Combat is something worth discussing, because Doctor Who is quite different to other RPGs in the fact that there's a focus on action but without the usual focus on fighting. Most RPGs encourage crunchy, punchy combat in which the enemies die quite easilly - witness almost every D&D fight known to man. A minority of games remove the lethality but combat still flows freely - superhero games, like our DC Adventures campaign, have non-lethal combats every session. But Doctor Who produces combat so lethal, and where the opposition are so much better at lethality, that one is encouraged to run or talk your way out of a fight rather than just standing in a 10ft room and shooting.
The archetypal Doctor Who villains all have weapons which are basically insta-kill - Daleks, Cybermen and Sontarans only need to beat your target number by 4 to kill you with one shot. You need to hang onto story points otherwise a bad dice roll and it's blue skeleton time.
|Yeah, kinda like that.|
Even when you play a more combat-happy character - say, a UNIT Soldier - you're still very vulnerable to this enemy fire so when guns come out the smart option is to take cover and try to diffuse the situation some other way.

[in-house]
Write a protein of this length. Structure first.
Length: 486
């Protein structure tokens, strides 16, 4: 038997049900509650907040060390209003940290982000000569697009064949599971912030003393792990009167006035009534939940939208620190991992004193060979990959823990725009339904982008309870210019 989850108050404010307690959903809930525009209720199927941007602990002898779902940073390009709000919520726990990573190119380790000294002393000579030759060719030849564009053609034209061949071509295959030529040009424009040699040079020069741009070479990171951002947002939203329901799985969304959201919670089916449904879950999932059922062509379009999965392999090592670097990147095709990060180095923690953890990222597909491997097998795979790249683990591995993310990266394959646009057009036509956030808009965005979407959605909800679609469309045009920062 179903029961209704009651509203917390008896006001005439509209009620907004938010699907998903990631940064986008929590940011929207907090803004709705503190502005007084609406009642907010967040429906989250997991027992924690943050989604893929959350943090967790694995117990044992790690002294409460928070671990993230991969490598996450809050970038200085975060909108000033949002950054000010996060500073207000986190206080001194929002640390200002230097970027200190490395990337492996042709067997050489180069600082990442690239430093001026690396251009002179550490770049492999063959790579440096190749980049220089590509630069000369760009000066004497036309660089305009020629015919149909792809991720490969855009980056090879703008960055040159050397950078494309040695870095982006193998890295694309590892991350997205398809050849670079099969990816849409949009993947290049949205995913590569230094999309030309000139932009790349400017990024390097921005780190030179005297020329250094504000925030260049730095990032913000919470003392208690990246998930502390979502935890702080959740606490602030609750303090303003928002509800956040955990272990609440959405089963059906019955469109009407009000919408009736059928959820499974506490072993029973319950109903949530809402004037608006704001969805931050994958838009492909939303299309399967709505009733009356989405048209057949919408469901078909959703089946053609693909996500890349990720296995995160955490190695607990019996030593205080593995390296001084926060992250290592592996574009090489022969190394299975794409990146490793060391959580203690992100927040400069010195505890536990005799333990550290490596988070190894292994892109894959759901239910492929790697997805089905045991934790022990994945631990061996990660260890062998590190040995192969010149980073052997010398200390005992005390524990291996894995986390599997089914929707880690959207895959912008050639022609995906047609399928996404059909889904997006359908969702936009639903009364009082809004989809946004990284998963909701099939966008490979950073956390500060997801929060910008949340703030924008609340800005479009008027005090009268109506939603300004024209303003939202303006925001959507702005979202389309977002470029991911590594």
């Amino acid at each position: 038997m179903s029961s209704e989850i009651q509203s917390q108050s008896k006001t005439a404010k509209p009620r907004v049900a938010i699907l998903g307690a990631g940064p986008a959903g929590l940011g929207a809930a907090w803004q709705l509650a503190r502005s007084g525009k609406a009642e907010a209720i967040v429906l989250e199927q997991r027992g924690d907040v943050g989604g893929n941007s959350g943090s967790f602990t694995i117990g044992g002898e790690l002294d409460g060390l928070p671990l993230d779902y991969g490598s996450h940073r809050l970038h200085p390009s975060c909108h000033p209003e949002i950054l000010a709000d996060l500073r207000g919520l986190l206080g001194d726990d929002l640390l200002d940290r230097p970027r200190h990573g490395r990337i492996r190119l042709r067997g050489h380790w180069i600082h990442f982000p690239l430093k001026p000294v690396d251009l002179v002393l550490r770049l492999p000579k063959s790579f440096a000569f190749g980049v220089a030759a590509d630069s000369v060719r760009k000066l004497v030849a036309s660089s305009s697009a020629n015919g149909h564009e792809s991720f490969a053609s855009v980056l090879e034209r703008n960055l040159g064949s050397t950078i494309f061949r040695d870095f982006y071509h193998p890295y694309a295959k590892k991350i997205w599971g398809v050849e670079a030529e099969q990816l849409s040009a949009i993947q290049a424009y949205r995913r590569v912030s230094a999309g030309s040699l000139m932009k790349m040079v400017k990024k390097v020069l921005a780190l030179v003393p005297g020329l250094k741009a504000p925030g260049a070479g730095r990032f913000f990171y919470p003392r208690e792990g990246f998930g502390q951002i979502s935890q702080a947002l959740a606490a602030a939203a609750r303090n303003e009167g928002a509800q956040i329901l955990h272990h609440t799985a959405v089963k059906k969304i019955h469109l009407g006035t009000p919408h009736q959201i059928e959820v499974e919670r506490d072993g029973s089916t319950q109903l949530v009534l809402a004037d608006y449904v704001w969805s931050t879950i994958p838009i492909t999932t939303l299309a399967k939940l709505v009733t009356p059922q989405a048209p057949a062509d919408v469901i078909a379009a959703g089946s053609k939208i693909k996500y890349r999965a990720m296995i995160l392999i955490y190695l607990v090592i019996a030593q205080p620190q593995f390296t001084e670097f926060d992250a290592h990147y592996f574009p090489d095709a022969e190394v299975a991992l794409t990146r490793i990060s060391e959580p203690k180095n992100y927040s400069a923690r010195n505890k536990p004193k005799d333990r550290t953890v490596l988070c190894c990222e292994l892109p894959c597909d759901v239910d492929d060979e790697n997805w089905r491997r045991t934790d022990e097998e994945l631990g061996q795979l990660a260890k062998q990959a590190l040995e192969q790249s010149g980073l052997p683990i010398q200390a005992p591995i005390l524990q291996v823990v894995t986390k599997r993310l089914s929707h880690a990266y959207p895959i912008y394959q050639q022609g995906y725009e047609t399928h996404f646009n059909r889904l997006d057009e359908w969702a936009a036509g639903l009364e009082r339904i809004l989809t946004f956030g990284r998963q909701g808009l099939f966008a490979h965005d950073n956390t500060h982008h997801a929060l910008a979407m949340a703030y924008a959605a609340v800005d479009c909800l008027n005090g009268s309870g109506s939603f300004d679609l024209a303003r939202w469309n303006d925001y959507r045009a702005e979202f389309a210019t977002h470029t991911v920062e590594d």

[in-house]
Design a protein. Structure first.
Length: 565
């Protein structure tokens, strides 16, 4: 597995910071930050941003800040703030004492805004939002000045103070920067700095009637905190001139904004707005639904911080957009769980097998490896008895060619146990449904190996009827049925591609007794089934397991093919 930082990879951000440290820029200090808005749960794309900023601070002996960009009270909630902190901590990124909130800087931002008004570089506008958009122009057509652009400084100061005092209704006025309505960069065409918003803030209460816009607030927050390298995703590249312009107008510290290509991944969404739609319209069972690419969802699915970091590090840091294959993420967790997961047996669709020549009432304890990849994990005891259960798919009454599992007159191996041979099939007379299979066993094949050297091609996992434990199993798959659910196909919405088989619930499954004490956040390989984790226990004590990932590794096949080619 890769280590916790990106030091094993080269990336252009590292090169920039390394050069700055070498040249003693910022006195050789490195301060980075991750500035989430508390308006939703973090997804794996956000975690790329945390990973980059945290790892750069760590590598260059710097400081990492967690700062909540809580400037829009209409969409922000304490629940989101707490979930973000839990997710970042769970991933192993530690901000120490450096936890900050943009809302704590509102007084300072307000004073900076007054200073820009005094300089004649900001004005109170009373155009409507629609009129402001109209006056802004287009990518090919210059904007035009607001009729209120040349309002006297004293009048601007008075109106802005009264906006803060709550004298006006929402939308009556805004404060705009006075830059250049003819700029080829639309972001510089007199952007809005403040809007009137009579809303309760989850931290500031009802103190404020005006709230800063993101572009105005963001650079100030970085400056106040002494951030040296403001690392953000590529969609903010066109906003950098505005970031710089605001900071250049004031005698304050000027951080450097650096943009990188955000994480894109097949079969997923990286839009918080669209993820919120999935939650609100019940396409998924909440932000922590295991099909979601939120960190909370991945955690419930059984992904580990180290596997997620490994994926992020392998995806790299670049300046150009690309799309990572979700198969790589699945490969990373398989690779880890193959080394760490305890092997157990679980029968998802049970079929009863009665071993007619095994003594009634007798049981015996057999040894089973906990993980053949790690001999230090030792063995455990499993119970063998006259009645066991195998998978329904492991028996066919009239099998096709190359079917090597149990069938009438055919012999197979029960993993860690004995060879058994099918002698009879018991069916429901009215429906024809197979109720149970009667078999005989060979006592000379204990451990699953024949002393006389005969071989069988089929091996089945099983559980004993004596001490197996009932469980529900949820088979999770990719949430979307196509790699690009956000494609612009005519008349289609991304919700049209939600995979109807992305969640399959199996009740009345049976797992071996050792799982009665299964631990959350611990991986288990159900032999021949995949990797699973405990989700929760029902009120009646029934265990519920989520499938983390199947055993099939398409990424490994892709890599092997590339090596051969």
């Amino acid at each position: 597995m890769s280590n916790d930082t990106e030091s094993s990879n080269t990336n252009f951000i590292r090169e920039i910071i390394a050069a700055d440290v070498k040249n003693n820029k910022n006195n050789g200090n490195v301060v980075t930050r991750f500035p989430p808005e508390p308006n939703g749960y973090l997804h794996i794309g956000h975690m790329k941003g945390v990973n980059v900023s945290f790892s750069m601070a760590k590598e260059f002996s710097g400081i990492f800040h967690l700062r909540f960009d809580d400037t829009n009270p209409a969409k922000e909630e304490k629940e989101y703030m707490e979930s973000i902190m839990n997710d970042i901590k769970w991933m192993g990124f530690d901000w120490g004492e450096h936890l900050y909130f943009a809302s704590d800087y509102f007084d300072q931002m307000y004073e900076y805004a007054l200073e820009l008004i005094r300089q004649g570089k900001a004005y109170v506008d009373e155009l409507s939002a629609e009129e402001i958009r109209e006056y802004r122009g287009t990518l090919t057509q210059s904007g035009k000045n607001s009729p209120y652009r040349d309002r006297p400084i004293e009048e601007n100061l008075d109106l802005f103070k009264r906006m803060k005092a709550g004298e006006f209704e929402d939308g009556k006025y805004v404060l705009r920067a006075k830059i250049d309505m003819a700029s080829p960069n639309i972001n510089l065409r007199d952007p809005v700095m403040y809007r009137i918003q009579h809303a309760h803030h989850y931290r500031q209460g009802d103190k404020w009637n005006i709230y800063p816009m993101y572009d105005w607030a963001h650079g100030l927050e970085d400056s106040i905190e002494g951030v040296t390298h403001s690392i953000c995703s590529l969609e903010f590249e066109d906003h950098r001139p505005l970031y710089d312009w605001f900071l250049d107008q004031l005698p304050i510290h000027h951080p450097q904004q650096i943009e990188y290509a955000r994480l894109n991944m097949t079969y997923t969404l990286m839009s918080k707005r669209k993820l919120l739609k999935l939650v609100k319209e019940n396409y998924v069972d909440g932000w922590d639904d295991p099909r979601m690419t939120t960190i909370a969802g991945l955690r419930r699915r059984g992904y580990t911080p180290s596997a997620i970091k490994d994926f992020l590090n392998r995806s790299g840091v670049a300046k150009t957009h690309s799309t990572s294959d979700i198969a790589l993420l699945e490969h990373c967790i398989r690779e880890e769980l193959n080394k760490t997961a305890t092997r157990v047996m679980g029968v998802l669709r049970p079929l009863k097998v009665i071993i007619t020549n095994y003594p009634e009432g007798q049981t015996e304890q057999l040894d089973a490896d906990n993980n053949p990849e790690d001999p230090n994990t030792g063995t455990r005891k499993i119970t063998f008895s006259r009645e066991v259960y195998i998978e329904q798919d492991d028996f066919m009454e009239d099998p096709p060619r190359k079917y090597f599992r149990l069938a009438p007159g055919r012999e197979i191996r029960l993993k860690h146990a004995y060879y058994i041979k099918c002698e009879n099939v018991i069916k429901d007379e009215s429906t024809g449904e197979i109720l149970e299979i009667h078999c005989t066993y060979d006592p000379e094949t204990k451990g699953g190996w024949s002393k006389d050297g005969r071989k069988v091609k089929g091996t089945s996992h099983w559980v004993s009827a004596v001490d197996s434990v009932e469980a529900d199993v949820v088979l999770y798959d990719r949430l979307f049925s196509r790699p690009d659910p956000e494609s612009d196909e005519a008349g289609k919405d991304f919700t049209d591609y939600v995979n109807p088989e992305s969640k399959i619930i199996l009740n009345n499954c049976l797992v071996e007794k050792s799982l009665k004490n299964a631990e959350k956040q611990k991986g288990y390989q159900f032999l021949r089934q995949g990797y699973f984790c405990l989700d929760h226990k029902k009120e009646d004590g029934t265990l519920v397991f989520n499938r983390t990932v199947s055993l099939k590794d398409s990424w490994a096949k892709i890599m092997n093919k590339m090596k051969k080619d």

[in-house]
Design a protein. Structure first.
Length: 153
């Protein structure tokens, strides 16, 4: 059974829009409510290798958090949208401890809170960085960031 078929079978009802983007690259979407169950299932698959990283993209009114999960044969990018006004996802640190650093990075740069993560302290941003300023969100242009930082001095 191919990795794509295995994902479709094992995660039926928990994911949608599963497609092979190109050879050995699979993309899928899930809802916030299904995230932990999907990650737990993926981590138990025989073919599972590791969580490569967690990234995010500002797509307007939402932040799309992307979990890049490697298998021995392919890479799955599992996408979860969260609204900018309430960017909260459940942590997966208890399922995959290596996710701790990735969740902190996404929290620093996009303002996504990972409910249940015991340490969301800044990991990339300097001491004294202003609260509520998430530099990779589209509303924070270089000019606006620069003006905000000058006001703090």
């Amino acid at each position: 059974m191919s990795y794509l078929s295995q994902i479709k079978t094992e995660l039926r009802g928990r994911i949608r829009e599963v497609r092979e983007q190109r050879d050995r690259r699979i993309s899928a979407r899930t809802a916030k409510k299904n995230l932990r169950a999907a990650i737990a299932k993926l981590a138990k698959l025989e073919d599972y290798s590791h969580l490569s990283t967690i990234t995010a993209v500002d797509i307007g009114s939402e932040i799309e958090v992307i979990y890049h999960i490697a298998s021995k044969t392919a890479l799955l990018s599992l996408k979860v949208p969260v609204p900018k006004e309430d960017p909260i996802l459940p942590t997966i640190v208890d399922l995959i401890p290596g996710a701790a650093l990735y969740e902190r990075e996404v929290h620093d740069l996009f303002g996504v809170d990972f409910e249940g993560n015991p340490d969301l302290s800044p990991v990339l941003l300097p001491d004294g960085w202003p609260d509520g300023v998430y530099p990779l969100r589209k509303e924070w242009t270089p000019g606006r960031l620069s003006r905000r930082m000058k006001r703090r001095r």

The order actions take place per round also influences the way action scenes play out. In most games this ordering is based entirely on speed - the most nimble characters act first, bar the random factor of the dice. In Doctor Who actions always occur in the following order - Talkers, Runners, Do-Ers, Fighters. Within that there's subdivison based on skill, but on any given turn the people with guns always act last and the people trying to charm, fast-talk or intimidate their way out of a problem get the initiative. Having a strategy to, say, weld the end of a Sontaran gun shut with your sonic screwdriver or hack into the Cyberman to disarm his combat systems is therefore preferable to shooting at them because you know you'll get to act first.
The end result is that the game felt very much like a Doctor Who episode. Characters with special powers got to use them, but a certain amount of bolshiness and luck still shines through from the more mundane characters. The monsters are less D&D random encoutners and more Hammer Horror villains - a stand-up fight is rarely wise, so you'll seek the alternate option and try to outsmart your foes.
|Best not directly fought.|
Whereas the last time round the group was a little cool to the game, this time round people seemed much happier and the prospect of playing again seems far more viable. I would definitely come back to this, possibly even as a short campaign of some sorts - a few adventures strung together to form a little season of Doctor Who goodies.
I'm on holiday in a couple of weeks time so we're putting off restarting our Star Trek game - no point in getting into it only to have to pause for a week or two. Instead we're going to have a couple of evenings of one-offs, board games and Star Trek prep in advance.